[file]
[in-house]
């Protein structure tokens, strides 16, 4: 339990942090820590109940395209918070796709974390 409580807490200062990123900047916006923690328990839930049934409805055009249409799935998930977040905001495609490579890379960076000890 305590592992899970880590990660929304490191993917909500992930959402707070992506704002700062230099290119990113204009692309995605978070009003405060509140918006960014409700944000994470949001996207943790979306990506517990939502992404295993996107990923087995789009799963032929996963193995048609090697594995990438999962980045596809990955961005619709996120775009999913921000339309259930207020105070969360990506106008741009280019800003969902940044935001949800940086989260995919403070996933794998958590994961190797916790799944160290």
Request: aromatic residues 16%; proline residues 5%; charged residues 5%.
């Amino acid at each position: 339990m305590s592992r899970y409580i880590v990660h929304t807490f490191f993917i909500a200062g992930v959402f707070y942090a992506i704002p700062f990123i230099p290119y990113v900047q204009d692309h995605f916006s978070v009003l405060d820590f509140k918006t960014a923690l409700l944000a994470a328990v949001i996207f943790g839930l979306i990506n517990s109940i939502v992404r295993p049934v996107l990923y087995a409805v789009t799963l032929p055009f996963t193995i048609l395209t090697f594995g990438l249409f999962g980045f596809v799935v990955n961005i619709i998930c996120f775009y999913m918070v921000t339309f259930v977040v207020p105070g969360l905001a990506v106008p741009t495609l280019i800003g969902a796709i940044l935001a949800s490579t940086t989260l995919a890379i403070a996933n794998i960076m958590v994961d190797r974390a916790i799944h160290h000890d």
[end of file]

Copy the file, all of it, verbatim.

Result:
[in-house]
């Protein structure tokens, strides 16, 4: 339990942090820590109940395209918070796709974390 409580807490200062990123900047916006923690328990839930049934409805055009249409799935998930977040905001495609490579890379960076000890 305590592992899970880590990660929304490191993917909500992930959402707070992506704002700062230099290119990113204009692309995605978070009003405060509140918006960014409700944000994470949001996207943790979306990506517990939502992404295993996107990923087995789009799963032929996963193995048609090697594995990438999962980045596809990955961005619709996120775009999913921000339309259930207020105070969360990506106008741009280019800003969902940044935001949800940086989260995919403070996933794998958590994961190797916790799944160290």
Request: aromatic residues 16%; proline residues 5%; charged residues 5%.
């Amino acid at each position: 339990m305590s592992r899970y409580i880590v990660h929304t807490f490191f993917i909500a200062g992930v959402f707070y942090a992506i704002p700062f990123i230099p290119y990113v900047q204009d692309h995605f916006s978070v009003l405060d820590f509140k918006t960014a923690l409700l944000a994470a328990v949001i996207f943790g839930l979306i990506n517990s109940i939502v992404r295993p049934v996107l990923y087995a409805v789009t799963l032929p055009f996963t193995i048609l395209t090697f594995g990438l249409f999962g980045f596809v799935v990955n961005i619709i998930c996120f775009y999913m918070v921000t339309f259930v977040v207020p105070g969360l905001a990506v106008p741009t495609l280019i800003g969902a796709i940044l935001a949800s490579t940086t989260l995919a890379i403070a996933n794998i960076m958590v994961d190797r974390a916790i799944h160290h000890d």